Separating state and religion

Another fundamental foundation of democracy is the separation between state and religion, which was not the case from the day of Israel's inception in 1948. Whereas initially David Ben-Gurion, the founding father of modern Israel and first Prime Minister, granted undue authority to the rabbinical institutions for the sake of projecting unity, believing that ultimately "Liberal Judaism" would eventually win out, the opposite has occurred. The religious parties and the state institutions further increased their power and became an integral part of most Israeli coalition governments and the most ardent supporters of the settlements.

The question is, given the presumed secular nature of Israel's democracy, why should the rabbinical institutions be allowed to govern the lives of liberal Jews concerning marriages, divorce, circumcision, bar mitzvahs, and so on, while restricting the government's activities on Sabbath?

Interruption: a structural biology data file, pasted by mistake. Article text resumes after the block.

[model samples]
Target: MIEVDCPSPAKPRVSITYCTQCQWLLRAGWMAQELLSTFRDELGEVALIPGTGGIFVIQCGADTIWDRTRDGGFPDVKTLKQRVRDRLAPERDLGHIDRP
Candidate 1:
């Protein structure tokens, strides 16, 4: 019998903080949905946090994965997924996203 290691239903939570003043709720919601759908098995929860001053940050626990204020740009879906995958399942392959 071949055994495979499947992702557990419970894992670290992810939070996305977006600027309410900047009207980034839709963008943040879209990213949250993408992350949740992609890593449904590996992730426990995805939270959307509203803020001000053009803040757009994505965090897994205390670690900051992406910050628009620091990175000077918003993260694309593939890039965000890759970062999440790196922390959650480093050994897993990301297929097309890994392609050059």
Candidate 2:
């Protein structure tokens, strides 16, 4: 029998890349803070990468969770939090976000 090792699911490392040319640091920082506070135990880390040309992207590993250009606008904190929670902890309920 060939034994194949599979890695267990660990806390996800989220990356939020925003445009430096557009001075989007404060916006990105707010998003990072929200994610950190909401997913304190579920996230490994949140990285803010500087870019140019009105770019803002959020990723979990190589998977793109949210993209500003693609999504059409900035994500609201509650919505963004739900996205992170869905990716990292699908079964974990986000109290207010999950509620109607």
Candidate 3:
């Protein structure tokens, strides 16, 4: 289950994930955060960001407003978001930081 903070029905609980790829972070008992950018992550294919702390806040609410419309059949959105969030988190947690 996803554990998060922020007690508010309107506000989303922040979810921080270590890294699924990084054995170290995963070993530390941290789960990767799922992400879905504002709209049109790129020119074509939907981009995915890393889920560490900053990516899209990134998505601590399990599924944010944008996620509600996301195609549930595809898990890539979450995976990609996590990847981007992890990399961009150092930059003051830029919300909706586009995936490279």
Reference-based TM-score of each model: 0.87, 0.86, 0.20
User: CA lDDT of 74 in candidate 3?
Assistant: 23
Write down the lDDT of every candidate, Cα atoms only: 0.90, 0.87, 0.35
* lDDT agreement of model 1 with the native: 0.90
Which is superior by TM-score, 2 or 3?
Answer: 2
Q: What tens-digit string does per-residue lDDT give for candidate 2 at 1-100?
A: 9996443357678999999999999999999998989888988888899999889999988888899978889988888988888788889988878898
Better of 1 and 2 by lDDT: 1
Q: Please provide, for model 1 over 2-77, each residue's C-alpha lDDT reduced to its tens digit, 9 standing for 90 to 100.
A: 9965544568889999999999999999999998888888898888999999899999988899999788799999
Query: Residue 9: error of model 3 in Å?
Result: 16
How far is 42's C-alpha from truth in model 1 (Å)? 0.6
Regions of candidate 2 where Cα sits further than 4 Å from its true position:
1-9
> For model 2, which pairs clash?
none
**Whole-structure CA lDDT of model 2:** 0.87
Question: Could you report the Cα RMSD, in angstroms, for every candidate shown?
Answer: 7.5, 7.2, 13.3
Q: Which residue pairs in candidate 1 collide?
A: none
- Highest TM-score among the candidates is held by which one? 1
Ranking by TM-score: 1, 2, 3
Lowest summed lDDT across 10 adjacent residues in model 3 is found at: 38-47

This runs completely against the essence of democracy, which derives its moral strength and legitimacy from individual autonomy, as people should be able to exercise self-determination and control over their own lives and be granted equal rights as well as accepting equal obligations. As Laurence Overmire observed: "The separation of church and state protects people of all faiths and no faith. No religion should be able to exercise control over a government and thereby dictate its theology onto any diverse group of free people."

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About the Author

Dr. Alon Ben-Meir is a professor of international relations at the Center for Global Affairs at NYU. He teaches courses on international negotiation and Middle Eastern studies.